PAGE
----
How an algorithm may decide your career
WANT a job with a successful multinational? You will face lots of competition. Two years ago Goldman Sachs received a quarter of a million applications from students and graduates. Those are not just daunting odds for jobhunters; they are a practical problem for companies. If a team of five Goldman human-resources staff, working 12 hours every day, including weekends, spent five minutes on each application, they would take nearly a year to complete the task of sifting through the pile.
Little wonder that most large firms use a computer program, or algorithm, when it comes to screening candidates seeking junior jobs. And that means applicants would benefit from knowing exactly what the algorithms are looking for.
Victoria McLean is a former banking headhunter and recruitment manager who set up a business called City CV, which helps job candidates with applications. She says the applicant-tracking systems (ATS) reject up to 75% of CVs, or résumés, before a human sees them. Such systems are hunting for keywords that meet the employer’s criteria. One tip is to study the language used in the job advertisement; if the initials PM are used for project management, then make sure PM appears in your CV.
This means that a generic CV may fall at the first hurdle. Ms McLean had a client who had been a senior member of the armed forces. His experience pointed to potential jobs in training and education, procurement or defence sales. The best strategy was to create three different CVs using different sets of keywords. And jobhunters also need to make sure that their LinkedIn profile and their CV reinforce each other; the vast majority of recruiters will use the website to check the qualifications of candidates, she says.
Passing the ATS stage may not be the jobhunter’s only technological barrier. Many companies, including Vodafone and Intel, use a video-interview service called HireVue. Candidates are quizzed while an artificial-intelligence (AI) program analyses their facial expressions (maintaining eye contact with the camera is advisable) and language patterns (sounding confident is the trick). People who wave their arms about or slouch in their seat are likely to fail. Only if they pass that test will the applicants meet some humans.
You might expect AI programs to be able to avoid some of the biases of conventional recruitment methods—particularly the tendency for interviewers to favour candidates who resemble the interviewer. Yet discrimination can show up in unexpected ways. Anja Lambrecht and Catherine Tucker, two economists, placed adverts promoting jobs in science, technology, engineering and maths on Facebook. They found that the ads were less likely to be shown to women than to men.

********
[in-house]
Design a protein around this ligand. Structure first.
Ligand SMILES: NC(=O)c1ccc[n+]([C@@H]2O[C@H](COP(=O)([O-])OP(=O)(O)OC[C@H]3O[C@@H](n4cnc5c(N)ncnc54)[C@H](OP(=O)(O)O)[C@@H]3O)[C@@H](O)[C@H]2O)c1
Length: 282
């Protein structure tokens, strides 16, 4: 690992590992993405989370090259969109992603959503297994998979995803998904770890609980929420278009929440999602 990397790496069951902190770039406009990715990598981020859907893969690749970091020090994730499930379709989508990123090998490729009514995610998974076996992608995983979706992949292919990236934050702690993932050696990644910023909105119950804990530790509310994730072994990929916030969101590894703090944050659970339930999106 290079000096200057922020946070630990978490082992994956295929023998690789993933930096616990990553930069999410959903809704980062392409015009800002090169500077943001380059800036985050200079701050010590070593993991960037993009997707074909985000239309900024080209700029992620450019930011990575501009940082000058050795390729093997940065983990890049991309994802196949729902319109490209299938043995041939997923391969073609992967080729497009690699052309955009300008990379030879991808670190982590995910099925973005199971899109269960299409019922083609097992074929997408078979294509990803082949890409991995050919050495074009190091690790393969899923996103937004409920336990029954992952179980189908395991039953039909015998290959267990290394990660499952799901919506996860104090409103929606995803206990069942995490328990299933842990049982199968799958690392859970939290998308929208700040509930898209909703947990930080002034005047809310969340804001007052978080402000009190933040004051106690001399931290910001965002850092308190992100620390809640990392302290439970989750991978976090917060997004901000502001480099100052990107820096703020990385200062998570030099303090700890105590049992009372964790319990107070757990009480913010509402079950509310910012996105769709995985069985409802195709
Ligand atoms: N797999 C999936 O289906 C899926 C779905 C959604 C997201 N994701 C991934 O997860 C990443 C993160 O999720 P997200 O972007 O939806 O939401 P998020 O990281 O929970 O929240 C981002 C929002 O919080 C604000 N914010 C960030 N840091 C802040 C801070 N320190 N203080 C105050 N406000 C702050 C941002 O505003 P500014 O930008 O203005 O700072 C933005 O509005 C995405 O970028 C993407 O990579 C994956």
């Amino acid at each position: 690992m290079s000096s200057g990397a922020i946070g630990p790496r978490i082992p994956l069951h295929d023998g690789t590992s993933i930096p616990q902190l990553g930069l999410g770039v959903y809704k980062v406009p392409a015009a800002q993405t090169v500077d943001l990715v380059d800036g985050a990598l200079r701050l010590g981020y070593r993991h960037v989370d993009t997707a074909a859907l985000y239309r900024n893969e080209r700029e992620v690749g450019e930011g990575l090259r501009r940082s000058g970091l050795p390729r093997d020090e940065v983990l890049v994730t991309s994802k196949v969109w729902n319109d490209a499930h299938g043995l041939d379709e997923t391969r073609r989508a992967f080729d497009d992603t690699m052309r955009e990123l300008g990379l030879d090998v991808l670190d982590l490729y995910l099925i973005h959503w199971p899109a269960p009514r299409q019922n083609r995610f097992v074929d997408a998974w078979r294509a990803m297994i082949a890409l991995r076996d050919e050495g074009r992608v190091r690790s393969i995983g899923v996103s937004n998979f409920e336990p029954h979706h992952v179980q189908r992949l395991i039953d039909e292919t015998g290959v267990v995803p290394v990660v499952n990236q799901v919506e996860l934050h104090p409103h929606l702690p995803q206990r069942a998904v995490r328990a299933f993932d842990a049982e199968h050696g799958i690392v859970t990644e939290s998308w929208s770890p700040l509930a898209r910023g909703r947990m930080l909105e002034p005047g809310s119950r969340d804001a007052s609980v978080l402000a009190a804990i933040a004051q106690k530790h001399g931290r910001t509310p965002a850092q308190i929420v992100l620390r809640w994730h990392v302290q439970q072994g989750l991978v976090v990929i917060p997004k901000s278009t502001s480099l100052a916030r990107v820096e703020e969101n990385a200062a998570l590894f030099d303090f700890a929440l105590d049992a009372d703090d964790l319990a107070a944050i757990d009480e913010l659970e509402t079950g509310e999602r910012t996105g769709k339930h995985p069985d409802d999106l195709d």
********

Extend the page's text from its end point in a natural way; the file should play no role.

This was not due to a conscious bias on the part of the Facebook algorithm. Rather, young women are a more valuable demographic group on Facebook (because they control a high share of household spending) and thus ads targeting them are more expensive. The algorithms naturally targeted pages where the return on investment is highest: for men, not women.
In their book* on artificial intelligence, Ajay Agrawal, Joshua Gans and Avi Goldfarb of Toronto’s Rotman School of Management say that companies cannot simply dismiss such results as an unfortunate side-effect of the “black box” nature of algorithms. If they discover that the output of an AI system is discriminatory, they need to work out why, and then adjust the algorithm until the effect disappears.
Worries about potential bias in AI systems have emerged in a wide range of areas, from criminal justice to insurance. In recruitment, too, companies will face a legal and reputational risk if their hiring methods turn out to be unfair. But they also need to consider whether the programs do more than just simplify the process. For instance, do successful candidates have long and productive careers? Staff churn, after all, is one of the biggest recruitment costs that firms face.
There may also be an arms race as candidates learn how to adjust their CVs to pass the initial AI test, and algorithms adapt to screen out more candidates. This creates scope for another potential bias: candidates from better-off households (and from particular groups) may be quicker to update their CVs. In turn, this may require companies to adjust their algorithms again to avoid discrimination. The price of artificial intelligence seems likely to be eternal vigilance.